Development and Application of Genomic Resources in Non-model Bird Species

University dissertation from Uppsala : Uppsala universitet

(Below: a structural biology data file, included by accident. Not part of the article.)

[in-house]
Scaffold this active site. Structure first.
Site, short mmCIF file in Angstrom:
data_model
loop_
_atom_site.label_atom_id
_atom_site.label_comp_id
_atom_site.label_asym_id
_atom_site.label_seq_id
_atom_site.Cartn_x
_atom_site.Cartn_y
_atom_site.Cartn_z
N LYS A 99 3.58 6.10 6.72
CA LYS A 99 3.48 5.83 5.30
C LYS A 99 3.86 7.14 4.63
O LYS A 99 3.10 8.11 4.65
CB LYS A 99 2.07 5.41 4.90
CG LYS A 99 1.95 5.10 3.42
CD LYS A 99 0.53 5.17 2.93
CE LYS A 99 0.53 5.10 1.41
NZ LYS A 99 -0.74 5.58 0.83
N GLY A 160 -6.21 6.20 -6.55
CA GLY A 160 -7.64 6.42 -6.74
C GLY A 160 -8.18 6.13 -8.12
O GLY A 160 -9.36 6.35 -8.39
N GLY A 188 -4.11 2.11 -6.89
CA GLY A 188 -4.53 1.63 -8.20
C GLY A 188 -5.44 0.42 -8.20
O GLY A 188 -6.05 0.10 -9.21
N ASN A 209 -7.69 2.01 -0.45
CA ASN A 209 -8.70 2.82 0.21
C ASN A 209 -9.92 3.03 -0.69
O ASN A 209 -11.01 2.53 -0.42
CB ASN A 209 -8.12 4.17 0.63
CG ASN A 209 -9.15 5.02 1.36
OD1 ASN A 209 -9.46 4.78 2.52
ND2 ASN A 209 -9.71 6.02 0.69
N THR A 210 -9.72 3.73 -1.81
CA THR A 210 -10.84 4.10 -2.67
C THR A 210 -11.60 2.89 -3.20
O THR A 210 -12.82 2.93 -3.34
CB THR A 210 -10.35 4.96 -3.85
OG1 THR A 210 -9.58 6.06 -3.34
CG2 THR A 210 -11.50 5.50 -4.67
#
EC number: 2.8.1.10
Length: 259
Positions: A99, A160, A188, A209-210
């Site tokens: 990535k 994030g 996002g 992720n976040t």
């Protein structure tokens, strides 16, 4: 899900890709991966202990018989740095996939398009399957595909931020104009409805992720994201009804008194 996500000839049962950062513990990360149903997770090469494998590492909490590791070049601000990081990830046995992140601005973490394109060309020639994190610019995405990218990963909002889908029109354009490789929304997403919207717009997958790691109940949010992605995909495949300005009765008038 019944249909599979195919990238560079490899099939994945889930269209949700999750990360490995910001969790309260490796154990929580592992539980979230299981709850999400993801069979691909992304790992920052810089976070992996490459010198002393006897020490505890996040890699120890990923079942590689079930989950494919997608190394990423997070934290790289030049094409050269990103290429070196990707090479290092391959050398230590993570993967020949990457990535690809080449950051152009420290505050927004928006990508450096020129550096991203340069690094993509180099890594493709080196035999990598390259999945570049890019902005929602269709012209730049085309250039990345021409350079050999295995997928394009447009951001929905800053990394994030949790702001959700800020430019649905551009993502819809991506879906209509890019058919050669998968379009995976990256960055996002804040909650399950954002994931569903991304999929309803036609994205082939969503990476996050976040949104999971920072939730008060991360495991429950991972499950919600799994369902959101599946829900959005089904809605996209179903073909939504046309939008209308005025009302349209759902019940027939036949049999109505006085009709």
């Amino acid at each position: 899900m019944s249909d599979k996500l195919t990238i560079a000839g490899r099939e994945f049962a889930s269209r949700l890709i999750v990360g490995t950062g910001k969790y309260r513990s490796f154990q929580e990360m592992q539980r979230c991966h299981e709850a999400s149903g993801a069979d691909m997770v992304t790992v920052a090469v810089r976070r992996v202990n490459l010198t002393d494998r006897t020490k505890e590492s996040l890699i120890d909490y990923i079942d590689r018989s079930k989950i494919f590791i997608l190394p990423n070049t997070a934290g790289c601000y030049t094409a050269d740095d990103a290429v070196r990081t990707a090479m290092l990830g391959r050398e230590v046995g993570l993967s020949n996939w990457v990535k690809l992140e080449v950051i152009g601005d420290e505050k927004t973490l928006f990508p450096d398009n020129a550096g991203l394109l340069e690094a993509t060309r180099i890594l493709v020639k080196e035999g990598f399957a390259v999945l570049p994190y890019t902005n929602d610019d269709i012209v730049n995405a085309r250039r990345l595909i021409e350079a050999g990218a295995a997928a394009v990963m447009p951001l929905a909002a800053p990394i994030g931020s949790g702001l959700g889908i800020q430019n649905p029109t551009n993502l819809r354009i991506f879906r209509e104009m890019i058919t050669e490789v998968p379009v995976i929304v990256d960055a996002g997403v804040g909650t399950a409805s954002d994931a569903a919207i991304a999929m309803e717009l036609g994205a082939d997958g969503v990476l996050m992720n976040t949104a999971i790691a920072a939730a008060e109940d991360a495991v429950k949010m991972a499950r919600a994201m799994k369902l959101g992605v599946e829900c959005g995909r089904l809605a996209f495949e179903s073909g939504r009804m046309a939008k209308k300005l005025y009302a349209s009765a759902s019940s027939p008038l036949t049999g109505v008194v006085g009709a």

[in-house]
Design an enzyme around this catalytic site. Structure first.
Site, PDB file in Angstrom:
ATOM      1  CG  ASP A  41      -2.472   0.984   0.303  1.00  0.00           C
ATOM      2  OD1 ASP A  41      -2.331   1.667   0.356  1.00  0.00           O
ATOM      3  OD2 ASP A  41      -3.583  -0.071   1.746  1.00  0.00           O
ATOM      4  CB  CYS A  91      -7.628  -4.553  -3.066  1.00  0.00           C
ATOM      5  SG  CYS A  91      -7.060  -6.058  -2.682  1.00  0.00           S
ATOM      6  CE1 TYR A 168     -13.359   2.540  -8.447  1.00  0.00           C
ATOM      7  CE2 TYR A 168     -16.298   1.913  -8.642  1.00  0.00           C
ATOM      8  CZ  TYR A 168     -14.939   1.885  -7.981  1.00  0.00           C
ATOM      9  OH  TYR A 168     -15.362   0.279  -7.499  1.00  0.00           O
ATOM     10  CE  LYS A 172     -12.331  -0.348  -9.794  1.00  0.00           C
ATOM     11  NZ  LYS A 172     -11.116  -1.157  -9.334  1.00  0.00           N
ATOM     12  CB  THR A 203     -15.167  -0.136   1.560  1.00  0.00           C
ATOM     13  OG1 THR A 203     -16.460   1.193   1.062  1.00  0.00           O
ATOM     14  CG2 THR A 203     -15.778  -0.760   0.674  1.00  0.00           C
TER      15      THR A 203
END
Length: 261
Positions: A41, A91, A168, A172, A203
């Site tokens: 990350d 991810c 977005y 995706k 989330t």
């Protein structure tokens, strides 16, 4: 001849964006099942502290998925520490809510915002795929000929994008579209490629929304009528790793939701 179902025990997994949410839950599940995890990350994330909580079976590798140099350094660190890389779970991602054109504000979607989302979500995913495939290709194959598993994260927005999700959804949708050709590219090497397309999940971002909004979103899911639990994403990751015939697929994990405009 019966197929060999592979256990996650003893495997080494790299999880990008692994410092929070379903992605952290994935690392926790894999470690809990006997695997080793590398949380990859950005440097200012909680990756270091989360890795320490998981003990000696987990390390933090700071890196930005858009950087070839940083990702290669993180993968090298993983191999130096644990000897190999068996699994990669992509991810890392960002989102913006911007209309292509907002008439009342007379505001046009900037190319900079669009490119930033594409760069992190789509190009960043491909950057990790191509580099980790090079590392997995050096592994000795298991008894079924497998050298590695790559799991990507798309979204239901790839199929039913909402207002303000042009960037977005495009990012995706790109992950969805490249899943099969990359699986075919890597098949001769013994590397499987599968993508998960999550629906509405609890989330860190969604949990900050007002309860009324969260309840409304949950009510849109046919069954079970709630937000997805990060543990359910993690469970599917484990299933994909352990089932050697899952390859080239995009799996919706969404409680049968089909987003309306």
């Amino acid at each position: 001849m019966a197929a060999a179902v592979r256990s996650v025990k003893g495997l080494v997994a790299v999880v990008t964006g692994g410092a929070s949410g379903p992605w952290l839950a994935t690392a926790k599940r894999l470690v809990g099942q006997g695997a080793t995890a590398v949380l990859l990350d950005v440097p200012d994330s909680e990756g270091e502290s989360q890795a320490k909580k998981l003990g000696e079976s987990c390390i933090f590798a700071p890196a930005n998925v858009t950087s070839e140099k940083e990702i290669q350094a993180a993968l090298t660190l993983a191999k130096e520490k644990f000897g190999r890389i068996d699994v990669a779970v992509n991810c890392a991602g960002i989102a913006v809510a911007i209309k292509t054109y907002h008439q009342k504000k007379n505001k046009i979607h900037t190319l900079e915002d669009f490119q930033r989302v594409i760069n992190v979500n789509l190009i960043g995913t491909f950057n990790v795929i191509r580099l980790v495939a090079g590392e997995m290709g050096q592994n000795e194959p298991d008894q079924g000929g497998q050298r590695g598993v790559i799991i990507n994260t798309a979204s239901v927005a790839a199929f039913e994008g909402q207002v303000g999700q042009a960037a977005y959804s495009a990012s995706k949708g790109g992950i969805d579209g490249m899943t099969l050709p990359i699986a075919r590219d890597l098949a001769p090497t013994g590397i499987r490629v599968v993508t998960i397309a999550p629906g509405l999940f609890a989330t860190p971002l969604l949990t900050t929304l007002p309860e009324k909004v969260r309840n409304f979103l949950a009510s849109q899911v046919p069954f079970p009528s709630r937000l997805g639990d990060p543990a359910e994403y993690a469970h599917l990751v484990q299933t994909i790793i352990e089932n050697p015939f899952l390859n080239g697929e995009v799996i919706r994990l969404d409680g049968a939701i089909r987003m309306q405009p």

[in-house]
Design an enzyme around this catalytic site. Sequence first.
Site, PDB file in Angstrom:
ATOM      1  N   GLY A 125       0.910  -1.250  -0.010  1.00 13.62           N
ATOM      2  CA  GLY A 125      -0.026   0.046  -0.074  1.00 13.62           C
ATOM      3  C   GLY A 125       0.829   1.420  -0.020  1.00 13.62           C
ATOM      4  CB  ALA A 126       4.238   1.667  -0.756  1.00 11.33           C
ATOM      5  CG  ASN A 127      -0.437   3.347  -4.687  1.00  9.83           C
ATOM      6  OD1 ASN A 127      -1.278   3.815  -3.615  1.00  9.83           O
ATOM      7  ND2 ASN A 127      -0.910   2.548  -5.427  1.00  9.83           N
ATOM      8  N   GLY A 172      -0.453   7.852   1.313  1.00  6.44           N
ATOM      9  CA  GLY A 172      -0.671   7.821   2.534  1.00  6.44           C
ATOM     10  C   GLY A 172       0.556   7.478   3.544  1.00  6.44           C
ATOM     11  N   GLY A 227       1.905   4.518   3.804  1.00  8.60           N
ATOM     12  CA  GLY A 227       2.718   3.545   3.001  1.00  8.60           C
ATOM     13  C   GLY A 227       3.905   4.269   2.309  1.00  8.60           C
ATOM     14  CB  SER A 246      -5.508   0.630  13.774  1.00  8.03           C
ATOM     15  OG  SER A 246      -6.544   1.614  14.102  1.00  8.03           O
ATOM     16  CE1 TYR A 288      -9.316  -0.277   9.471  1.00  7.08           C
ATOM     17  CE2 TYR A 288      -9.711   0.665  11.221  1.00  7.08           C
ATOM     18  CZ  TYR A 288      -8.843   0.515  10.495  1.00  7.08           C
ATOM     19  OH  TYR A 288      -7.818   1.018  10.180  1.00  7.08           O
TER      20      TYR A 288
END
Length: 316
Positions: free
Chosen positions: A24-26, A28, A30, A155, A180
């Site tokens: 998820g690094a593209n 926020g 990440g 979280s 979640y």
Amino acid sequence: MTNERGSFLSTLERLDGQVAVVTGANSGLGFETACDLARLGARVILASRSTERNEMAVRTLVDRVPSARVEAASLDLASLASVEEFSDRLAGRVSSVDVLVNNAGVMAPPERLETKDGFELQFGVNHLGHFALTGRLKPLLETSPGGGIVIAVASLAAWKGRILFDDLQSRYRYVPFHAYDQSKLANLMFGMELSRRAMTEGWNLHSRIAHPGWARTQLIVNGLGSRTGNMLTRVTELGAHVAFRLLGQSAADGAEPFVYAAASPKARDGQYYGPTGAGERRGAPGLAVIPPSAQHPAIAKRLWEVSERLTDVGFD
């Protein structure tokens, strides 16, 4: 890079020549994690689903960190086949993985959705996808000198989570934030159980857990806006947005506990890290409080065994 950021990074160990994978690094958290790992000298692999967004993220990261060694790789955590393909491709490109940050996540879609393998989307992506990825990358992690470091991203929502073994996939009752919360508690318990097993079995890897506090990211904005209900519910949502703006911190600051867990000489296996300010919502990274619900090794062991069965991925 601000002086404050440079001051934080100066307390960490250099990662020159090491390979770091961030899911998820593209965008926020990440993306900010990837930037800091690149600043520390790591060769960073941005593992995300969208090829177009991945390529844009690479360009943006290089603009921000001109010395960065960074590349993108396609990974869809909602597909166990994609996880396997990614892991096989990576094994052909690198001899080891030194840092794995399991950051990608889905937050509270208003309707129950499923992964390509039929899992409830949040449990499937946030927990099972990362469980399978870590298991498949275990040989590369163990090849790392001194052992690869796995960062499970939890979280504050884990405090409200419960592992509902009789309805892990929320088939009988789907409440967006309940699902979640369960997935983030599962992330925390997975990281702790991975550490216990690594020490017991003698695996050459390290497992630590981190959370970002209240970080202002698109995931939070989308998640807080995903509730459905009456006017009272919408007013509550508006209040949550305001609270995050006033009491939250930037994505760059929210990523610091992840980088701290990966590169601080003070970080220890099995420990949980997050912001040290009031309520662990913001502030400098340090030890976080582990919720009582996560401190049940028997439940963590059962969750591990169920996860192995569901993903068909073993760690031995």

Abstract: Understanding the genetic basis of biological processes is a fundamental component of modern ecology and evolutionary biology studies. With the recent advent of next generation sequencing (NGS) technologies, it is now possible to perform large genome and transcriptome projects for ecologically important non-model species. In this thesis, I focused on the development and application of genomic resources of two non-model bird species, the black grouse (Tetrao tetrix) and the great snipe (Gallinago media). Using the chicken genome as a reference, I developed a reference guided NGS pipeline to assemble the complete draft genome of black grouse. The draft genome has a good coverage of the main 29 chromosomes of the chicken genome. The genome was used to develop a vast number of genetic markers. Comparing this genome with that of other species, I identified the genomic regions which were important for the lineage specific evolution of black grouse. I also sequenced and characterised the spleen transcriptome of the black grouse. I identified and validated a large number of gene-based microsatellite markers from the transcriptome and identified and confirmed the expression of immune related genes. Using a similar RNA-Seq approach, I also sequenced the blood transcriptomes of 14 great snipe males with different mating success. I identified genes and single nucleotide polymorphisms (SNPs) which might be related to male mating success in this species, both in terms of gene expression levels and genetic variation structure. For the immunologically important major histocompatibility complex (MHC) gene region of black grouse, I constructed a fosmid library and used it to sequence the complete core MHC region of this species. This resource allowed me to perform a comprehensive comparative genomics analysis of the galliform MHC, by which I found that some genes in this region were affected by selective forces. I was also able to develop a single locus genotyping protocol for the duplicated MHC BLB (class IIB) genes and found that the two black grouse BLB loci followed different evolutionary trajectories. This thesis set an example of developing genomic resources in non-model species and applying them in addressing questions relevant to ecology and evolutionary biology.